End of year wrap-up on Strategic Energy Management at the Co-op
Hi there. I hope this finds you well. It’s me, Nina Friedman, Strategic Energy Management (SEM) intern for the Ashland Food Co-op. The global and local crises have only devolved into further chaos since we last spoke. As we sit with the reality of coworkers, neighbors, and friends who’ve lost their homes and businesses to the recent fires, and thousands more across the nation losing their loved ones to COVID-19, I imagine many are feeling frozen and powerless to help those that are suffering. And even less so to try and mitigate climate change and the inevitable limits to our economic and population growth. While we all wrestle with what’s important during these incredibly stressful times—and knowing how impossible things seem—I’d like to share some promising news.
Like with most things in life, there was a learning curve for our first year in the SEM program. As we fumbled to find our footing, we still managed to achieve a 2.6% natural gas savings in 2019. Most importantly, we formed our energy team, and in doing so started to create a more explicit energy savings consciousness throughout the Co-op. We drafted the Co-op’s first energy policy and defined the actions necessary to reach our goals. In essence, we laid the foundation for future successes and savings.
It always feels good to reach your goals. Even better when you smash them. With a goal of 3% natural gas savings in 2020, imagine our elation to see our savings at 6% when all things were said and done. That’s 1,371 therms (over 137 million BTUs) of natural gas that can stay in the ground. This was the year of standardizing procedure. Standard operating procedures (SOPs) were created around the two most important contributors to natural gas consumption at the Co-op, heating the store and heating the water.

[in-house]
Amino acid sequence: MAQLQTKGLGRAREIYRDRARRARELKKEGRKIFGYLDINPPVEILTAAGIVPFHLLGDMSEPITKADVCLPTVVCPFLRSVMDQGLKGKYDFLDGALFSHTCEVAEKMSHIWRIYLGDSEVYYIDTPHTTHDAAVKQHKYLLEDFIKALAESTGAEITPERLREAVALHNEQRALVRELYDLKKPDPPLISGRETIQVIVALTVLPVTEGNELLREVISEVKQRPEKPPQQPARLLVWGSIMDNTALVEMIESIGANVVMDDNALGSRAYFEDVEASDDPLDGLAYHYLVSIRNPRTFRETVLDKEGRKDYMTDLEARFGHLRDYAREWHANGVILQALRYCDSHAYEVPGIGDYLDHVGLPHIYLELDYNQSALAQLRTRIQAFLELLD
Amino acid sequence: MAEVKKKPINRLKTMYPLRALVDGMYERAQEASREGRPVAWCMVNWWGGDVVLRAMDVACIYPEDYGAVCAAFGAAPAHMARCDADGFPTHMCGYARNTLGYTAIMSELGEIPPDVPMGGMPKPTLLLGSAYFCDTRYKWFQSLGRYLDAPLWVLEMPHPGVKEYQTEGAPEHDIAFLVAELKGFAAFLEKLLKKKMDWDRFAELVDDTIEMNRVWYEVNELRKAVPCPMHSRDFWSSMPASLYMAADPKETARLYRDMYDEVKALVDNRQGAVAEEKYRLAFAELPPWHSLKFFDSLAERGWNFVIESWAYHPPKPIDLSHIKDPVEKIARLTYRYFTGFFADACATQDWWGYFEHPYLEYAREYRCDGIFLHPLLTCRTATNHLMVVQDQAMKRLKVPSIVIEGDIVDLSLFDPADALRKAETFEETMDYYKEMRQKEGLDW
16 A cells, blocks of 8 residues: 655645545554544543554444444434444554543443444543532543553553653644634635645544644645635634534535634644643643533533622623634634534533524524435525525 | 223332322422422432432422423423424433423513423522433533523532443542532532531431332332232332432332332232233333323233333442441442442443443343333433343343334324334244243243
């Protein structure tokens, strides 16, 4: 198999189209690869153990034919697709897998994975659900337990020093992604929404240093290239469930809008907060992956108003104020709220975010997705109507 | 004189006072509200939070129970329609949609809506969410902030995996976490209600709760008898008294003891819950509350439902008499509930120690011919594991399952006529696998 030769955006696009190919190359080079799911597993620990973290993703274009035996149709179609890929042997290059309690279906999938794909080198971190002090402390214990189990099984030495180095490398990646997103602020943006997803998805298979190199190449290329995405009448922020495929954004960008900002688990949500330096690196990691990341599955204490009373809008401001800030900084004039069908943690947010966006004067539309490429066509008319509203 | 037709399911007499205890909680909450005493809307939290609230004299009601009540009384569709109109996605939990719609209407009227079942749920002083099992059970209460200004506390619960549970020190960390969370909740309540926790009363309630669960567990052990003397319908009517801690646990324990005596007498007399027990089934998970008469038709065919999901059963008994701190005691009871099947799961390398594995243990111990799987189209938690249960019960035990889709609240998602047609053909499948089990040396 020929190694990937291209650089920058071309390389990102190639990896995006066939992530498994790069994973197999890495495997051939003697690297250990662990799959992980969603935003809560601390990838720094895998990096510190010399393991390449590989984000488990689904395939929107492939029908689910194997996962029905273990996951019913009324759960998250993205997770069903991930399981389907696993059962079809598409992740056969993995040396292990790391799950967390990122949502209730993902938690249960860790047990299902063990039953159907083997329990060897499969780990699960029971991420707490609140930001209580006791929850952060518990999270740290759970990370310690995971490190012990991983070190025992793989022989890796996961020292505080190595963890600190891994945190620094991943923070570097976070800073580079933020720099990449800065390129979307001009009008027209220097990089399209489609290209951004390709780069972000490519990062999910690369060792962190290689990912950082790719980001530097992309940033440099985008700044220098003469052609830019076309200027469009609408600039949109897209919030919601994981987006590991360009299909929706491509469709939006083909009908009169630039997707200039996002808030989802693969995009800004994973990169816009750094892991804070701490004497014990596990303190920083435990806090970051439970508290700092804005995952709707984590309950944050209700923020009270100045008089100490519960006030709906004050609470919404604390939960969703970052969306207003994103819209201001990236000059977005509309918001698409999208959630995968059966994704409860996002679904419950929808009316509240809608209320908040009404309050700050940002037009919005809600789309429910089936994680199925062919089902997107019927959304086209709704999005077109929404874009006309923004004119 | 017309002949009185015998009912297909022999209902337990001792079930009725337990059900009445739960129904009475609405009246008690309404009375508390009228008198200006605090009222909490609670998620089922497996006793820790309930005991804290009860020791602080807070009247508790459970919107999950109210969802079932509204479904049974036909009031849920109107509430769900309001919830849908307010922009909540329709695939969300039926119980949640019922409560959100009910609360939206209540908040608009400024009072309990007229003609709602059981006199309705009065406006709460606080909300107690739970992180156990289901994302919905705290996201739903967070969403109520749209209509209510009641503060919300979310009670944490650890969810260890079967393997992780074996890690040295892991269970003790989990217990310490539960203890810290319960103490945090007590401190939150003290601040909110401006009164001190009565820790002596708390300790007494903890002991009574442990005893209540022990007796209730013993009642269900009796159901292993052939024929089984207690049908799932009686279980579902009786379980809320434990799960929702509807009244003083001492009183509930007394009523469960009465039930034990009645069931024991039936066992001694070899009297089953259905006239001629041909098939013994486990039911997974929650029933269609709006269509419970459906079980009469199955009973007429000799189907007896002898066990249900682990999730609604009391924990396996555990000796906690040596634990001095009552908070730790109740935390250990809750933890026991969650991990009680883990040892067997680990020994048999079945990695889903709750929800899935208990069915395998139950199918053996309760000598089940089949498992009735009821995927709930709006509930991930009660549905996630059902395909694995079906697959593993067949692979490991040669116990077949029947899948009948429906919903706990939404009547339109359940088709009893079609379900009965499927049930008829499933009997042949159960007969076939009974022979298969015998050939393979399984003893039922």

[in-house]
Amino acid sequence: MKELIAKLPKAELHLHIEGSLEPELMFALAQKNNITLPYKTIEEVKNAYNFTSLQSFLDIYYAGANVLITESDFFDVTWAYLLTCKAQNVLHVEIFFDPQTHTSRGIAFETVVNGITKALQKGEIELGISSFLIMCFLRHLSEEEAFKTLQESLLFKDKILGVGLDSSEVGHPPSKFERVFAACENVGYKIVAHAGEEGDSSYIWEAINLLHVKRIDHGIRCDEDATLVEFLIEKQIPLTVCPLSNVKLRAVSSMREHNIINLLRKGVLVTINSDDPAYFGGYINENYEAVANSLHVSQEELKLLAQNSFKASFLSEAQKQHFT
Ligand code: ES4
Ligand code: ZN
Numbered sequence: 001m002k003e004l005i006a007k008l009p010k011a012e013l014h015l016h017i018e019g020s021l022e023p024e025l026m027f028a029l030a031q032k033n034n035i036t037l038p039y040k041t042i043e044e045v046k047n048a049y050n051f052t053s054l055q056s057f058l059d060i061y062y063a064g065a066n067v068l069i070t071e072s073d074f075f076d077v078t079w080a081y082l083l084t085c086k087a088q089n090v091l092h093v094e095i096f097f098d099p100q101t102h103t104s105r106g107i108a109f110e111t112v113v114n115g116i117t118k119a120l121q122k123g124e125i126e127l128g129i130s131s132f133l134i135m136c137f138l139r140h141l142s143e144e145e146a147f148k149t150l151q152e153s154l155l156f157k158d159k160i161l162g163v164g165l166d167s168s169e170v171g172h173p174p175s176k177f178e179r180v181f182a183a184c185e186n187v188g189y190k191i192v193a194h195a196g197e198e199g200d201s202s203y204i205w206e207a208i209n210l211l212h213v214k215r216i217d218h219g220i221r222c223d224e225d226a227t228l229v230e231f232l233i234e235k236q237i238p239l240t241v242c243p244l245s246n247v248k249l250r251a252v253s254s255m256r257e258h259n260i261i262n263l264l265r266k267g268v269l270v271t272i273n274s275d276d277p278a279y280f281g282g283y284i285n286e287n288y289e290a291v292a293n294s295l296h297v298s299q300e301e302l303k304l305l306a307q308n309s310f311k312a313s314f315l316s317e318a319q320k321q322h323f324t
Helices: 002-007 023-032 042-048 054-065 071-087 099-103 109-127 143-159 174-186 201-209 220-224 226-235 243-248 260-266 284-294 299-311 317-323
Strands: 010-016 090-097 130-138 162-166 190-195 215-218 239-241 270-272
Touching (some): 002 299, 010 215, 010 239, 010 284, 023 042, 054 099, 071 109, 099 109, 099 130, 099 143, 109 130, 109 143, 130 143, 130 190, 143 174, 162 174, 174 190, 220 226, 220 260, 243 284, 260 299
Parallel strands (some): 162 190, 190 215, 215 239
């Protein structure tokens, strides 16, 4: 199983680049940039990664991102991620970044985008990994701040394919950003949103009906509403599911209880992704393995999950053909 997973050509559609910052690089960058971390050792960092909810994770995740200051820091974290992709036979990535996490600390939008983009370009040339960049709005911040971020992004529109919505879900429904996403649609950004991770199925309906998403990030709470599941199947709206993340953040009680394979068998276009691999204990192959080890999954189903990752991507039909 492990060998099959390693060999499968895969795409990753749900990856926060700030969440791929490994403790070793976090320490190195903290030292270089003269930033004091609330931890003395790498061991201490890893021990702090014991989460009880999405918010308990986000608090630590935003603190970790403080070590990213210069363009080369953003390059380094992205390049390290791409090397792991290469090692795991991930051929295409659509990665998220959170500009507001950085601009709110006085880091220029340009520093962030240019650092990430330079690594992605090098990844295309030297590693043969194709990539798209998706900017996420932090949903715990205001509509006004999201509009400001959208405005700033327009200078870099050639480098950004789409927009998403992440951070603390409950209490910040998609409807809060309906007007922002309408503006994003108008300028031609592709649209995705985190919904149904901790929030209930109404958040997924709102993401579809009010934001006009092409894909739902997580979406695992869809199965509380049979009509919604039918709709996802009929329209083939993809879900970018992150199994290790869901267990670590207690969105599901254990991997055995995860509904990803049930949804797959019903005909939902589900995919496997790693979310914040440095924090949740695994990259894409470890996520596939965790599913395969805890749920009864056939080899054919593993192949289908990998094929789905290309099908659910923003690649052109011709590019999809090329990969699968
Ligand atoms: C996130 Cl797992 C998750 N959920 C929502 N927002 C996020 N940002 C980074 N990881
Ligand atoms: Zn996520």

How do you reduce natural gas use for heating the store? Put simply, turn down the thermostat. In actuality, we accomplished something a lot more complex than that. We established a thermostat management team and a comprehensive procedure outlining ideal energy-saving temperatures, programming instructions, and reporting for changes made to prescribed schedules. In addition to thermostat management, routine maintenance of our Heating Ventilation and Air Conditioning (HVAC) units ensures peak performance for our systems and reduces inefficiencies.
To minimize natural gas use for heating the water, routine maintenance is just as necessary. With large amounts of heat being generated, hot water systems are prone to mineral/scale buildup, especially tankless ones, like ours. If the filters aren't changed regularly, this buildup will greatly reduce the efficiency of the heaters, essentially wasting all the heat that's being generated. Armed with this knowledge, we set out to define and document the proper procedure for changing the store’s hot water filter and create a digital schedule that sets reminders for this and other essential recurring routine maintenance.
These are small successes during a time when we need big change. The Co-op’s energy management won’t reverse our global energy crisis, and energy savings won’t ease our collective distress. This is tangible, though. Real people, at your local food cooperative, taking real steps to lessen its environmental impact. This is something we can feel good about.